Visiting scenic and historical Wales

The small nation of Wales is located within the United Kingdom and features some of the loveliest landscapes found in the British Isles.  Wales is relatively sparsely populated, having only a third of the population of London yet occupying more than 8,000 square miles.  Contrary to popular belief, Wales is quite diverse, possessing three regions that show marked cultural and geographical differences from one another.

Regions of Wales

North Wales is a rural area featuring the UKs highest mountains south of Scotland.  This region boasts a number of holiday resorts along the coast of the Irish Sea and is also noted for its castles, which have been recognised as a World Heritage Site by the United Nations.  Constructed in the decades following the English conquest of Wales in the 1200s, castles such as Harlech provide a glimpse back through time, allowing tourists to examine the military technology considered cutting-edge for the era.  Mid Wales, in contrast, is very sparsely populated throughout and consists mainly of wild natural landscapes with scenic features such as broad river valleys, moorlands, and forests.

South Wales is the most urbanised region in the principality and is the place of residence of a large majority of those who make Wales their home.  South Wales is divided into eastern and western portions.  The eastern section of South Wales is heavily metropolitan, featuring both the capital city of Cardiff as well as the large cities of Newport and Swansea.  The western half, in contrast, is known for its remarkably beautiful coastline, which is largely unspoiled by human activity.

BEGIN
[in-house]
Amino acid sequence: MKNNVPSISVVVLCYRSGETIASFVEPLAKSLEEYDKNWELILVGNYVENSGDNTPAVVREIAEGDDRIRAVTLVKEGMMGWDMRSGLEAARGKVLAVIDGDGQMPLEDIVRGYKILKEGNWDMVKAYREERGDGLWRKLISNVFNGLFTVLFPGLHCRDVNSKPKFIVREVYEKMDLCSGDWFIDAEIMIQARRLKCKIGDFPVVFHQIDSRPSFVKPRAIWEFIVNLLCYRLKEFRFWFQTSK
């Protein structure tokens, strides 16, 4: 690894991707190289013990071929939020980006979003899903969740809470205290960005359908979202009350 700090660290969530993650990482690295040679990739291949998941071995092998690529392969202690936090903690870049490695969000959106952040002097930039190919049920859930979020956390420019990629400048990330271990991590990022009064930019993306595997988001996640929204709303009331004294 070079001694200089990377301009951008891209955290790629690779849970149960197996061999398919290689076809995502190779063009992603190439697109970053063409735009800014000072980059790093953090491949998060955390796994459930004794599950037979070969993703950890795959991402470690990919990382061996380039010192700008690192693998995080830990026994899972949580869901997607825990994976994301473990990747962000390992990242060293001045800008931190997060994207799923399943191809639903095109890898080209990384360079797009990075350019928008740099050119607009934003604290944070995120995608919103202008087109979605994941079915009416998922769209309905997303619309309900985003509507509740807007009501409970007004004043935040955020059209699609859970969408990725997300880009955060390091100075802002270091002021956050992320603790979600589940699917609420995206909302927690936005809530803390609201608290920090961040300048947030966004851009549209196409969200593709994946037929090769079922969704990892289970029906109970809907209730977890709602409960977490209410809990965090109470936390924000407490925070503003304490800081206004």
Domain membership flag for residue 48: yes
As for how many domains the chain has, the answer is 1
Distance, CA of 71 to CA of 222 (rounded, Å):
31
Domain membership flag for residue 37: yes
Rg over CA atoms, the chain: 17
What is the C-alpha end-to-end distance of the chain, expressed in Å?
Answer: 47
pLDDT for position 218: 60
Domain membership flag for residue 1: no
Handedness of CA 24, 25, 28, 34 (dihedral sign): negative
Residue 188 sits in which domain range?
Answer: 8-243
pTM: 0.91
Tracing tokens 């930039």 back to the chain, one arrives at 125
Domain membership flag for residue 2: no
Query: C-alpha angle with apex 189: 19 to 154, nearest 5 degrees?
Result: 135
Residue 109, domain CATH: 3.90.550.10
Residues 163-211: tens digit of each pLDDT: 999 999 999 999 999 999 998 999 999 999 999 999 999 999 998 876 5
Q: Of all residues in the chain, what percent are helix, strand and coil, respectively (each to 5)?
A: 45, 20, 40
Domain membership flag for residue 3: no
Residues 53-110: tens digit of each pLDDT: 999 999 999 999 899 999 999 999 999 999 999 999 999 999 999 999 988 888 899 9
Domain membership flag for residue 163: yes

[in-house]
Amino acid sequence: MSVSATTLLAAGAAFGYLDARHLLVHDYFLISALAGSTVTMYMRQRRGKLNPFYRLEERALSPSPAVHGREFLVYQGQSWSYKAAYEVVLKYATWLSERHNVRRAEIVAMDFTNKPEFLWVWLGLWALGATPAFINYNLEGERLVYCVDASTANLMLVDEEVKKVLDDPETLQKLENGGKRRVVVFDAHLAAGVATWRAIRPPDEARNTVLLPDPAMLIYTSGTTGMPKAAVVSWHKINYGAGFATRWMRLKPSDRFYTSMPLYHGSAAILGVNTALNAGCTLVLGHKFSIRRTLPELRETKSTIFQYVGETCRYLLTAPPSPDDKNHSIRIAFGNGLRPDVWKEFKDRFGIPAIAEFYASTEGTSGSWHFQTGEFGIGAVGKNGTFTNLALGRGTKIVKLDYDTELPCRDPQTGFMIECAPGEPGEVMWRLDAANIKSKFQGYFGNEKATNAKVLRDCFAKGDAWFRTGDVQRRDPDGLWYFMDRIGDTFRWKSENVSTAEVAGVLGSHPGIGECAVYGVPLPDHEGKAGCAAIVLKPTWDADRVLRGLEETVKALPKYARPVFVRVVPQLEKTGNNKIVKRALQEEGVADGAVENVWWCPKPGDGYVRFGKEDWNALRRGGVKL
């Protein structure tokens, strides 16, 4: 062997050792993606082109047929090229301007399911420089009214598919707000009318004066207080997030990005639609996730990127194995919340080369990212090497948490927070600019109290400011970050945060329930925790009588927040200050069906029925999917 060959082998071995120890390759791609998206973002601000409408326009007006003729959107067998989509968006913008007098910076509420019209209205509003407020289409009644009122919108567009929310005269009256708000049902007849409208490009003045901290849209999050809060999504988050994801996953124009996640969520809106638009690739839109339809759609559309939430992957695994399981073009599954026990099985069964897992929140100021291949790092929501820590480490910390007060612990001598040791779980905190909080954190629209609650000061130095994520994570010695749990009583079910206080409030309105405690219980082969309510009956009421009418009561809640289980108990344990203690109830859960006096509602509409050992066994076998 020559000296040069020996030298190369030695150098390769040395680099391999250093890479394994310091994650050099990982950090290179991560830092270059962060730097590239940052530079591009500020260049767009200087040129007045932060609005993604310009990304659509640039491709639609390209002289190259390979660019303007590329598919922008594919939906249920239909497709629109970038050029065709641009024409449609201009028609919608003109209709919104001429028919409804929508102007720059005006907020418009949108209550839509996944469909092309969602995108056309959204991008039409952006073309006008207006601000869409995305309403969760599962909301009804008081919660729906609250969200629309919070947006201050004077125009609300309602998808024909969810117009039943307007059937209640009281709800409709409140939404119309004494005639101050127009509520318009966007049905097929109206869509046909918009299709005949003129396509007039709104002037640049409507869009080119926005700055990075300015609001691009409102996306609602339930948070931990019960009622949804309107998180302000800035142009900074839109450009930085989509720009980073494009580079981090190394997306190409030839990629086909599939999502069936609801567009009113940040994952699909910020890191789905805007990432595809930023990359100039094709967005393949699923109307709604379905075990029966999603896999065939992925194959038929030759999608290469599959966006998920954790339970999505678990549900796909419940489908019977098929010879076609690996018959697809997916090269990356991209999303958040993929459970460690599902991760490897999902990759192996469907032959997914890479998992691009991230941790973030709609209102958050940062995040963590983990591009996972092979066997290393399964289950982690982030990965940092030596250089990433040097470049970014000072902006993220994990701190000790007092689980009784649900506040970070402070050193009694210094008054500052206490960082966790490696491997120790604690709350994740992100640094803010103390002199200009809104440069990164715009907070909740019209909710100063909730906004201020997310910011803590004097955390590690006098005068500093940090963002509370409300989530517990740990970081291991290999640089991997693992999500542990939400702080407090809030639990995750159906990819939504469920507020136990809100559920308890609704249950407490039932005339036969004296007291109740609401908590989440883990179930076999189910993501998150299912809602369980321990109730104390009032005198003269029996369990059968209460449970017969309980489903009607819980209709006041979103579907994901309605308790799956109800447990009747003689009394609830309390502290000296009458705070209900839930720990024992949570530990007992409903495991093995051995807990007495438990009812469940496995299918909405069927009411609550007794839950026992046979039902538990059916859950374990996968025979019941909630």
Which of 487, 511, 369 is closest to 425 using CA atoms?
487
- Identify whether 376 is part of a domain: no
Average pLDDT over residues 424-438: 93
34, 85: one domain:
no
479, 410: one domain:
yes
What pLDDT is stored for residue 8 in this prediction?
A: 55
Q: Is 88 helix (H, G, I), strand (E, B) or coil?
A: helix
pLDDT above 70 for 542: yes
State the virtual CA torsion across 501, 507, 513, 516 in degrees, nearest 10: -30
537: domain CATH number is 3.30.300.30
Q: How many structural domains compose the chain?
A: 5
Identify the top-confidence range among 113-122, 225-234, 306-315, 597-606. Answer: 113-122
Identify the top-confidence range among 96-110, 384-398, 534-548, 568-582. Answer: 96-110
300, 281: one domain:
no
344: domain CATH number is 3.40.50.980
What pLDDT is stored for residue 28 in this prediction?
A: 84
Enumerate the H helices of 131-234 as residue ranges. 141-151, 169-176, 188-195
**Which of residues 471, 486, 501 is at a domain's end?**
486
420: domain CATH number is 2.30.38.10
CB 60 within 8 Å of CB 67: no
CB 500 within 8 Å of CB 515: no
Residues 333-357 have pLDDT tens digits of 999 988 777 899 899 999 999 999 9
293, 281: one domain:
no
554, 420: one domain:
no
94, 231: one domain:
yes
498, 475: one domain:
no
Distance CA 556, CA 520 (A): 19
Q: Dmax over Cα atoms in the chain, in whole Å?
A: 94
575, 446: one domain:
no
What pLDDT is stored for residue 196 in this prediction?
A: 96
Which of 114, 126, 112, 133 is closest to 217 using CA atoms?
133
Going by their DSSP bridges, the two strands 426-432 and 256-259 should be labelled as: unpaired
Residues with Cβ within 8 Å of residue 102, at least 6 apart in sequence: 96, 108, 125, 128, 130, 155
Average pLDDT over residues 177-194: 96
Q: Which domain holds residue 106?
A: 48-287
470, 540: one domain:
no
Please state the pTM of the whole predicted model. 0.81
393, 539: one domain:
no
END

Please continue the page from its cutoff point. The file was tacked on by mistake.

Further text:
National parks

Wales features one major national park in each of its three regions.  The largest is the Snowdonia National Park in North Wales, named after the largest mountain in the principality.  Attracting more than six million visitors each year, Snowdonia National Park features more than 35 miles of stunning coastline and is the third most popular national park in all of England and Wales.

Mid Wales boasts the Brecon Beacons National Park, known as much for its series of castle fortifications as for its magnificent mountain vistas.  In South Wales, Pembrokeshire Coast National Park is the only area in the United Kingdom to be designated a national park specifically for its magnificent coastline.

Blaenavon industrial landscape

For all its natural beauty, Wales is also a fascinating place to visit for its history.  While the Middle Ages are well represented in the form of castles that dot the countryside, the Age of Industry can be explored at the Blaenavon Industrial Landscape World Heritage Site.

One of the best ways to experience Blaenavon is to enjoy one of the walks created to showcase highlights of the region.  Walks range from short strolls of barely more than two miles to hikes more than five times as long.  Along the way, tourists will see relics from the time when factories and machinery first began to dominate the production of goods.  Those with an intense interest in this era will also want to visit the Big Pit at Blaenafon, where they can enjoy the National Coal Museum and take an underground tour of a coalmine.

Wales provides a chance for visitors from the UK to experience another side of the British Isles, yet this land of wild natural beauty should prove equally fascinating to tourists arriving from abroad.

Top image by Dublin Victor